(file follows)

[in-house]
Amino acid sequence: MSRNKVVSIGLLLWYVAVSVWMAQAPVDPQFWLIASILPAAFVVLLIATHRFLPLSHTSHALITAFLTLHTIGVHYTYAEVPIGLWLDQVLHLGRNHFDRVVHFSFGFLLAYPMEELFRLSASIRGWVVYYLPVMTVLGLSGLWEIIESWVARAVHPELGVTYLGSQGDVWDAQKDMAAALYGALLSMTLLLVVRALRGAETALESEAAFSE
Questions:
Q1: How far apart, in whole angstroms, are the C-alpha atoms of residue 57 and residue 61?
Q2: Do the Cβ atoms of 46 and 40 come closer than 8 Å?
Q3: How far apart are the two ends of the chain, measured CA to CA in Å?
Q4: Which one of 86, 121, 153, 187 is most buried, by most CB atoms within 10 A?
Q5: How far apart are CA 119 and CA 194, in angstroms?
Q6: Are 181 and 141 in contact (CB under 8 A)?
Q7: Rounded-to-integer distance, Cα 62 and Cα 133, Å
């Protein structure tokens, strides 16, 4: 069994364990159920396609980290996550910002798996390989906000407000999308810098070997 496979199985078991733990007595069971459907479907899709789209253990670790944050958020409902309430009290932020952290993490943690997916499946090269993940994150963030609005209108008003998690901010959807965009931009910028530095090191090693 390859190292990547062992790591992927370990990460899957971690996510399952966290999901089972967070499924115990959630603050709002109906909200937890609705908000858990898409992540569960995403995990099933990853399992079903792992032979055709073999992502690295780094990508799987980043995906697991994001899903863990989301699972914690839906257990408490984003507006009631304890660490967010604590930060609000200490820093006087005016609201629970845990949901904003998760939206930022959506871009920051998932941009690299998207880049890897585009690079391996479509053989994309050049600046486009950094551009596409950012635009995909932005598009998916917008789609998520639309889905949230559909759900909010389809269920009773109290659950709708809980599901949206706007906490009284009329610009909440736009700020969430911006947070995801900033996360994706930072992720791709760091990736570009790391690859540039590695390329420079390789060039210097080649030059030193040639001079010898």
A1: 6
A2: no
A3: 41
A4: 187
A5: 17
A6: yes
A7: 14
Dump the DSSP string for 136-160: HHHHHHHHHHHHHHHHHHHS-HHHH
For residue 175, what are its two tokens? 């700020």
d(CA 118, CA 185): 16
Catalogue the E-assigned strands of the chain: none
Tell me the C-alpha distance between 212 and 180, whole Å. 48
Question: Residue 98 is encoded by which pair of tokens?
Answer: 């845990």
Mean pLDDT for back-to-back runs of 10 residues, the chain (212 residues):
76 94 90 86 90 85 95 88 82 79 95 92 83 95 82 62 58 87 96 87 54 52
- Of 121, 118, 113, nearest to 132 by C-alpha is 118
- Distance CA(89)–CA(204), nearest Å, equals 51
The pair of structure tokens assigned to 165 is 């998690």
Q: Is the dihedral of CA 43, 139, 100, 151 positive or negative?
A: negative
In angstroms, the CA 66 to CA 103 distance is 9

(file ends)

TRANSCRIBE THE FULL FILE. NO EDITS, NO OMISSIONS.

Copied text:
[in-house]
Amino acid sequence: MSRNKVVSIGLLLWYVAVSVWMAQAPVDPQFWLIASILPAAFVVLLIATHRFLPLSHTSHALITAFLTLHTIGVHYTYAEVPIGLWLDQVLHLGRNHFDRVVHFSFGFLLAYPMEELFRLSASIRGWVVYYLPVMTVLGLSGLWEIIESWVARAVHPELGVTYLGSQGDVWDAQKDMAAALYGALLSMTLLLVVRALRGAETALESEAAFSE
Questions:
Q1: How far apart, in whole angstroms, are the C-alpha atoms of residue 57 and residue 61?
Q2: Do the Cβ atoms of 46 and 40 come closer than 8 Å?
Q3: How far apart are the two ends of the chain, measured CA to CA in Å?
Q4: Which one of 86, 121, 153, 187 is most buried, by most CB atoms within 10 A?
Q5: How far apart are CA 119 and CA 194, in angstroms?
Q6: Are 181 and 141 in contact (CB under 8 A)?
Q7: Rounded-to-integer distance, Cα 62 and Cα 133, Å
């Protein structure tokens, strides 16, 4: 069994364990159920396609980290996550910002798996390989906000407000999308810098070997 496979199985078991733990007595069971459907479907899709789209253990670790944050958020409902309430009290932020952290993490943690997916499946090269993940994150963030609005209108008003998690901010959807965009931009910028530095090191090693 390859190292990547062992790591992927370990990460899957971690996510399952966290999901089972967070499924115990959630603050709002109906909200937890609705908000858990898409992540569960995403995990099933990853399992079903792992032979055709073999992502690295780094990508799987980043995906697991994001899903863990989301699972914690839906257990408490984003507006009631304890660490967010604590930060609000200490820093006087005016609201629970845990949901904003998760939206930022959506871009920051998932941009690299998207880049890897585009690079391996479509053989994309050049600046486009950094551009596409950012635009995909932005598009998916917008789609998520639309889905949230559909759900909010389809269920009773109290659950709708809980599901949206706007906490009284009329610009909440736009700020969430911006947070995801900033996360994706930072992720791709760091990736570009790391690859540039590695390329420079390789060039210097080649030059030193040639001079010898």
A1: 6
A2: no
A3: 41
A4: 187
A5: 17
A6: yes
A7: 14
Dump the DSSP string for 136-160: HHHHHHHHHHHHHHHHHHHS-HHHH
For residue 175, what are its two tokens? 């700020």
d(CA 118, CA 185): 16
Catalogue the E-assigned strands of the chain: none
Tell me the C-alpha distance between 212 and 180, whole Å. 48
Question: Residue 98 is encoded by which pair of tokens?
Answer: 């845990």
Mean pLDDT for back-to-back runs of 10 residues, the chain (212 residues):
76 94 90 86 90 85 95 88 82 79 95 92 83 95 82 62 58 87 96 87 54 52
- Of 121, 118, 113, nearest to 132 by C-alpha is 118
- Distance CA(89)–CA(204), nearest Å, equals 51
The pair of structure tokens assigned to 165 is 């998690």
Q: Is the dihedral of CA 43, 139, 100, 151 positive or negative?
A: negative
In angstroms, the CA 66 to CA 103 distance is 9